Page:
Suicidal Thoughts Treatment Programs at Haven
Do you or someone you know struggle with feelings of hopelessness? Do you feel alone and isolated from the rest of the world? Do you feel like there is no way out? While these feelings can be overwhelming, you don’t have to act on them. There is help. Don’t suffer in silence.
Suicide is the 10th leading cause of death, and it’s on the rise. But suicidal thoughts and behaviors are not a natural response to life stressors or life-threatening illnesses. While people who experience a job loss, divorce or cancer diagnosis may experience periods of intense sadness, anxiety or anger, they are unlikely to take their own life.
Suicide attempts often are the result of a life stressor in combination with an underlying psychiatric condition, such as clinical depression, bipolar disorder, PTSD or borderline personality disorder. In fact, about 90 percent of people who commit suicide have a mental illness.
Individuals who have previously attempted to take their own lives are a higher risk for the second attempt. Those who have a family history of suicide and mental illness, and those dealing with an injury or medical problem are also at higher risk for suicidal thoughts. Environmental stressors, such as bullying or harassment, can also be a major factor.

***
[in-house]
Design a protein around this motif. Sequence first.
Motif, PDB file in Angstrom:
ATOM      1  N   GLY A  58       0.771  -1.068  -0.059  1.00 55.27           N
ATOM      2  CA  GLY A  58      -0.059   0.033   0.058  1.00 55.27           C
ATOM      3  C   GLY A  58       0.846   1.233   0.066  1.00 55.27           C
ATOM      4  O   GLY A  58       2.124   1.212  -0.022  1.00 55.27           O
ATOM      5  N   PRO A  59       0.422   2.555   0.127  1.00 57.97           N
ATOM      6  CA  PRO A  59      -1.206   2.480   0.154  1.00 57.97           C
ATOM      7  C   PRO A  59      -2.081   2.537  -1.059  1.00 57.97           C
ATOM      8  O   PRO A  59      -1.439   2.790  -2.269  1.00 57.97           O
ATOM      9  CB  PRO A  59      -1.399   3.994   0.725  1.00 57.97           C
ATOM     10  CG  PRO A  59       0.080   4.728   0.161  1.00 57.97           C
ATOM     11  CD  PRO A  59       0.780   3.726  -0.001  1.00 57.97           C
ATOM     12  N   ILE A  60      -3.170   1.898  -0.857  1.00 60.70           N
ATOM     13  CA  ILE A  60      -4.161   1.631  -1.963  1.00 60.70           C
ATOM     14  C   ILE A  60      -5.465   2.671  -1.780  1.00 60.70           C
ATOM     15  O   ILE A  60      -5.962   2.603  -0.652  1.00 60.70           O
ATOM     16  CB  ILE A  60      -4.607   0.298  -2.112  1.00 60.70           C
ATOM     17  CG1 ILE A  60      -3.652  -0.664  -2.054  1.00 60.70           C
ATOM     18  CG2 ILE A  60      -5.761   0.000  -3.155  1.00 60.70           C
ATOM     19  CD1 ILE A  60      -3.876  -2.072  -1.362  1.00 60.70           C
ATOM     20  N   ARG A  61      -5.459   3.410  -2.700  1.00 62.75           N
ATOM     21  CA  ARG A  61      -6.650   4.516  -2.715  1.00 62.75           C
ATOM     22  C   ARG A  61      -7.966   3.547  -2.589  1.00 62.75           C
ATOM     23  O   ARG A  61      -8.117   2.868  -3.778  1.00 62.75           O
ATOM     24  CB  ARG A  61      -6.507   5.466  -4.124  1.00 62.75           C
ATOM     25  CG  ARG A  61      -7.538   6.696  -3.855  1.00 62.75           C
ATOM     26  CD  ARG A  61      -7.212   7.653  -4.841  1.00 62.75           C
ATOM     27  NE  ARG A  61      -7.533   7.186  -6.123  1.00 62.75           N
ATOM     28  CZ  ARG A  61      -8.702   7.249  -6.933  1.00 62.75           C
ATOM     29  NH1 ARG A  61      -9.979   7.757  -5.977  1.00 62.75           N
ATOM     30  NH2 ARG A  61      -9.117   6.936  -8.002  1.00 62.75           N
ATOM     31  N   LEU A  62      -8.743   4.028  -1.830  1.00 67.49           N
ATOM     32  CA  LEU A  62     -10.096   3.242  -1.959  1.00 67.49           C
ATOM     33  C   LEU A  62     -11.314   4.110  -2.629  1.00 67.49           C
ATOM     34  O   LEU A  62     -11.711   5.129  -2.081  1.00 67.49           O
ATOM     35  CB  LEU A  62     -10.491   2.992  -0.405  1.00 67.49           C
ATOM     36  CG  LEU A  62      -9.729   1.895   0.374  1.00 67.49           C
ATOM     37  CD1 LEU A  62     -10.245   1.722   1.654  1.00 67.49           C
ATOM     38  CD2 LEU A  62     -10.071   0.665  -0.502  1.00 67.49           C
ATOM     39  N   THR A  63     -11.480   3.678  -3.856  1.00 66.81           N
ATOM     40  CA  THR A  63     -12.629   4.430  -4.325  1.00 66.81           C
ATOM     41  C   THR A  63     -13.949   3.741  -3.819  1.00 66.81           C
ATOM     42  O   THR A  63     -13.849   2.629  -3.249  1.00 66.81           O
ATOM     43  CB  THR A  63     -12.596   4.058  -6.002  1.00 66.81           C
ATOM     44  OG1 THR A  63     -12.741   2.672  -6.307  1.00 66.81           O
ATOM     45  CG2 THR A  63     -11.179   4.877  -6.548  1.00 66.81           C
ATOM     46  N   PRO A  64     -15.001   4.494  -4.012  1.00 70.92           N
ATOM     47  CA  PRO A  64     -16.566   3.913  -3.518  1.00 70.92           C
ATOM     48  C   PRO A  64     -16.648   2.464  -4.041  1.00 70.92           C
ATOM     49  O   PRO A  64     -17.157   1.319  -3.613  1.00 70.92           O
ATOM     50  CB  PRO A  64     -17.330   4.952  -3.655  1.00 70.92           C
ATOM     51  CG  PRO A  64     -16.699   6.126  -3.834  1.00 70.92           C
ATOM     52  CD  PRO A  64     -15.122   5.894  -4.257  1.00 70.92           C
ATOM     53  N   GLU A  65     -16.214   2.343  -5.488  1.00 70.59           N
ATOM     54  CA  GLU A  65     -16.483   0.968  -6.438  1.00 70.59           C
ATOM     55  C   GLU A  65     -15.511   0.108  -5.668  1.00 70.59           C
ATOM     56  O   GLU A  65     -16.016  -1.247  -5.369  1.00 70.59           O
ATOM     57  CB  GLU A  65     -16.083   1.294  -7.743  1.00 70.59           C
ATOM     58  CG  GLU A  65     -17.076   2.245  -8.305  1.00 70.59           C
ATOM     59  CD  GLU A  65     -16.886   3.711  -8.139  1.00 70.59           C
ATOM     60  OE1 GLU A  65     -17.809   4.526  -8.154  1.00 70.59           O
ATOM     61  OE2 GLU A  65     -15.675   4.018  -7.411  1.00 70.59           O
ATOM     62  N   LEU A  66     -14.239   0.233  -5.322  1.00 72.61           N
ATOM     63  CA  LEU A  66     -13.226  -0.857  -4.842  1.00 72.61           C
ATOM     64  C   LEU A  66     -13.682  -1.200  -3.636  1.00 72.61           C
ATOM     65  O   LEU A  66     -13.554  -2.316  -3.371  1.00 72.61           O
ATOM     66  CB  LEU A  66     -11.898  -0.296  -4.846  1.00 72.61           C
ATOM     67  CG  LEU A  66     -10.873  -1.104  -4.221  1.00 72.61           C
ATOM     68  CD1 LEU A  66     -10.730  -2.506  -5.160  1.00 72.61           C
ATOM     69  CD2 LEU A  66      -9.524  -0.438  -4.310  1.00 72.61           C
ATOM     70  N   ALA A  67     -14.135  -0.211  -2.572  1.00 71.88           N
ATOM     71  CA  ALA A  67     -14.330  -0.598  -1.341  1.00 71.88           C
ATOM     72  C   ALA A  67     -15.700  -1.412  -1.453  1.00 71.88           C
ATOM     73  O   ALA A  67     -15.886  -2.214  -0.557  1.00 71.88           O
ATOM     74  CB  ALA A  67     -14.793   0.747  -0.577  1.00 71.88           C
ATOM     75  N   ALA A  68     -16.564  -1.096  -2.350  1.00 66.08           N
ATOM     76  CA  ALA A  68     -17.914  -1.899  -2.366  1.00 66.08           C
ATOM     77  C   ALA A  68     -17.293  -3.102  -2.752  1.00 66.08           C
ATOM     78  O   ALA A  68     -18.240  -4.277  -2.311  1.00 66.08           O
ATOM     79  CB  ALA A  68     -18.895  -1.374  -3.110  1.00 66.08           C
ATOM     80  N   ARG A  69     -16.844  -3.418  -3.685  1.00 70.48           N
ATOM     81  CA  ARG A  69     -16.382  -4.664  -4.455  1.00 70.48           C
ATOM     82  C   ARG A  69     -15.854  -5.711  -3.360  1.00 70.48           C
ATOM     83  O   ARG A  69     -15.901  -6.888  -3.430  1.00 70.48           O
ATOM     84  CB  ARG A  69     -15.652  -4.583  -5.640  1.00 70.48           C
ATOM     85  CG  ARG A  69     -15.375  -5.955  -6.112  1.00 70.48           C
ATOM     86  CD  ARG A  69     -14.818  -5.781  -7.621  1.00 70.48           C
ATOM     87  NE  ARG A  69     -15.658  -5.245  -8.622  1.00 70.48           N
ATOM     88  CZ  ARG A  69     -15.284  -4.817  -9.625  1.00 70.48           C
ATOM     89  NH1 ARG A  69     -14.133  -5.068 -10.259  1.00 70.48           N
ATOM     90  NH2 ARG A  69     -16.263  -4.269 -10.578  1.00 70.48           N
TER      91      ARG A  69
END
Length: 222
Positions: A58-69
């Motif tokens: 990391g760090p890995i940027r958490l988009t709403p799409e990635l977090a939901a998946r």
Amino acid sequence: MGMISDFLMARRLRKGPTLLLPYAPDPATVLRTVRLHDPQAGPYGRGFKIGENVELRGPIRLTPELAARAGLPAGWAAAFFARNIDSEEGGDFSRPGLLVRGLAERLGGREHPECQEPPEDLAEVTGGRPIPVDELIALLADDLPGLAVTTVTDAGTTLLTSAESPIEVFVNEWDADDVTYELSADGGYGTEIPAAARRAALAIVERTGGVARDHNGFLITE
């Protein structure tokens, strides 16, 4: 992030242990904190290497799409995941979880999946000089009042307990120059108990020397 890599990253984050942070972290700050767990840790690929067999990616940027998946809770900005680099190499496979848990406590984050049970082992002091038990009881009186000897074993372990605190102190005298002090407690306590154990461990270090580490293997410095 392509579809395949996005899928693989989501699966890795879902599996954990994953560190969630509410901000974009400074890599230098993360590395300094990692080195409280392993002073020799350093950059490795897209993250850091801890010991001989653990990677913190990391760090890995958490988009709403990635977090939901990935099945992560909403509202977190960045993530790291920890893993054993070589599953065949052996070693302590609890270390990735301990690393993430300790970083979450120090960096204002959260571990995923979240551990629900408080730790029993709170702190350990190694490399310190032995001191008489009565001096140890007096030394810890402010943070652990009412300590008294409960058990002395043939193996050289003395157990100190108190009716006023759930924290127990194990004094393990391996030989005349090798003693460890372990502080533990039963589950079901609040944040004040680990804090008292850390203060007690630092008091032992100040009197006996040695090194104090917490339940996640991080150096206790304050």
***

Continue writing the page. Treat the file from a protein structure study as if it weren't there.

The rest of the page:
Warning signs of a planned suicide attempt may include:
- Showing a fascination with death, and talking about death or suicide
- Isolating from friends and family
- High-risk behaviors, such as driving too fast
- Self-destructive behaviors, including alcohol abuse and illegal drug use
- Loss of interest in things and activities that once were important
- Tying up loose ends, such as giving away belongings or changing a will
- Abrupt mood changes, from sadness or anxiety to extreme calm
Through customized therapy and other interventions, Haven Behavioral Hospital of Eastern Pennsylvania’s expert team will address your underlying mental health conditions, giving you relief from overwhelming feelings and hope for a better tomorrow.
If you or someone you know is thinking about suicide, seek treatment immediately. Call 911 for an emergency.